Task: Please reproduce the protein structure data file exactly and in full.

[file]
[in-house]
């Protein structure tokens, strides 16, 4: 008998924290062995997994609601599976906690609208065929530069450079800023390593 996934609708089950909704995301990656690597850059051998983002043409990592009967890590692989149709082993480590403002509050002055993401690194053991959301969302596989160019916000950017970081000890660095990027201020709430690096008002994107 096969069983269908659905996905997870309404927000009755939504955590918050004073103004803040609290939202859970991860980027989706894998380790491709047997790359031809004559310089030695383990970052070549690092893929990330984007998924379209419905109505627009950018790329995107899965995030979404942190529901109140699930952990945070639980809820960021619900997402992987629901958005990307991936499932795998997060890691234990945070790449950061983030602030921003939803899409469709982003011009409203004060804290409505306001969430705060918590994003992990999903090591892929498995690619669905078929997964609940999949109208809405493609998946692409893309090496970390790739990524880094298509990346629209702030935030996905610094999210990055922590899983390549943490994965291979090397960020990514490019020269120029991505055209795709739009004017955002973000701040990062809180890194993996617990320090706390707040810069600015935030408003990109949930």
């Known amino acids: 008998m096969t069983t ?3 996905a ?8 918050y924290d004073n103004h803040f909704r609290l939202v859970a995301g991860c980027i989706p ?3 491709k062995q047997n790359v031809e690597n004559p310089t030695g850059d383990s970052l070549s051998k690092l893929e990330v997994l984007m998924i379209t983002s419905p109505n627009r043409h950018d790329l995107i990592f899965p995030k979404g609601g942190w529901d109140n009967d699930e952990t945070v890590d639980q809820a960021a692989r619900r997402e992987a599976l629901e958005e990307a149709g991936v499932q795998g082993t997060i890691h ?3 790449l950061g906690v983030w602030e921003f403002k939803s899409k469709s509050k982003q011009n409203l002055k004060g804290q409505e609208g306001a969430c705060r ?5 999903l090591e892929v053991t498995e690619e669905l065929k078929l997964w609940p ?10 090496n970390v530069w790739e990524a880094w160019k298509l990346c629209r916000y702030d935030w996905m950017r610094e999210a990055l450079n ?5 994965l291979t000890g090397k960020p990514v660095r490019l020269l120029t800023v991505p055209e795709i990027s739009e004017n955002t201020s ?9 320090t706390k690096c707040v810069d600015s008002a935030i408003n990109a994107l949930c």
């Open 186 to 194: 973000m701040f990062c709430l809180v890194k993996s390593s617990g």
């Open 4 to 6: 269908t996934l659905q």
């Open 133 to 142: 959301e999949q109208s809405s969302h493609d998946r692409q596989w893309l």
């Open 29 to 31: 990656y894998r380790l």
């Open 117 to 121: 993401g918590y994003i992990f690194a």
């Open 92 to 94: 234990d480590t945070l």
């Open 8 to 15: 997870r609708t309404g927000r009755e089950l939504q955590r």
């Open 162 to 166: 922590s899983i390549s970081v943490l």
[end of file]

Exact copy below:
[in-house]
């Protein structure tokens, strides 16, 4: 008998924290062995997994609601599976906690609208065929530069450079800023390593 996934609708089950909704995301990656690597850059051998983002043409990592009967890590692989149709082993480590403002509050002055993401690194053991959301969302596989160019916000950017970081000890660095990027201020709430690096008002994107 096969069983269908659905996905997870309404927000009755939504955590918050004073103004803040609290939202859970991860980027989706894998380790491709047997790359031809004559310089030695383990970052070549690092893929990330984007998924379209419905109505627009950018790329995107899965995030979404942190529901109140699930952990945070639980809820960021619900997402992987629901958005990307991936499932795998997060890691234990945070790449950061983030602030921003939803899409469709982003011009409203004060804290409505306001969430705060918590994003992990999903090591892929498995690619669905078929997964609940999949109208809405493609998946692409893309090496970390790739990524880094298509990346629209702030935030996905610094999210990055922590899983390549943490994965291979090397960020990514490019020269120029991505055209795709739009004017955002973000701040990062809180890194993996617990320090706390707040810069600015935030408003990109949930």
């Known amino acids: 008998m096969t069983t ?3 996905a ?8 918050y924290d004073n103004h803040f909704r609290l939202v859970a995301g991860c980027i989706p ?3 491709k062995q047997n790359v031809e690597n004559p310089t030695g850059d383990s970052l070549s051998k690092l893929e990330v997994l984007m998924i379209t983002s419905p109505n627009r043409h950018d790329l995107i990592f899965p995030k979404g609601g942190w529901d109140n009967d699930e952990t945070v890590d639980q809820a960021a692989r619900r997402e992987a599976l629901e958005e990307a149709g991936v499932q795998g082993t997060i890691h ?3 790449l950061g906690v983030w602030e921003f403002k939803s899409k469709s509050k982003q011009n409203l002055k004060g804290q409505e609208g306001a969430c705060r ?5 999903l090591e892929v053991t498995e690619e669905l065929k078929l997964w609940p ?10 090496n970390v530069w790739e990524a880094w160019k298509l990346c629209r916000y702030d935030w996905m950017r610094e999210a990055l450079n ?5 994965l291979t000890g090397k960020p990514v660095r490019l020269l120029t800023v991505p055209e795709i990027s739009e004017n955002t201020s ?9 320090t706390k690096c707040v810069d600015s008002a935030i408003n990109a994107l949930c």
């Open 186 to 194: 973000m701040f990062c709430l809180v890194k993996s390593s617990g």
């Open 4 to 6: 269908t996934l659905q």
């Open 133 to 142: 959301e999949q109208s809405s969302h493609d998946r692409q596989w893309l």
């Open 29 to 31: 990656y894998r380790l």
């Open 117 to 121: 993401g918590y994003i992990f690194a």
């Open 92 to 94: 234990d480590t945070l």
């Open 8 to 15: 997870r609708t309404g927000r009755e089950l939504q955590r």
């Open 162 to 166: 922590s899983i390549s970081v943490l």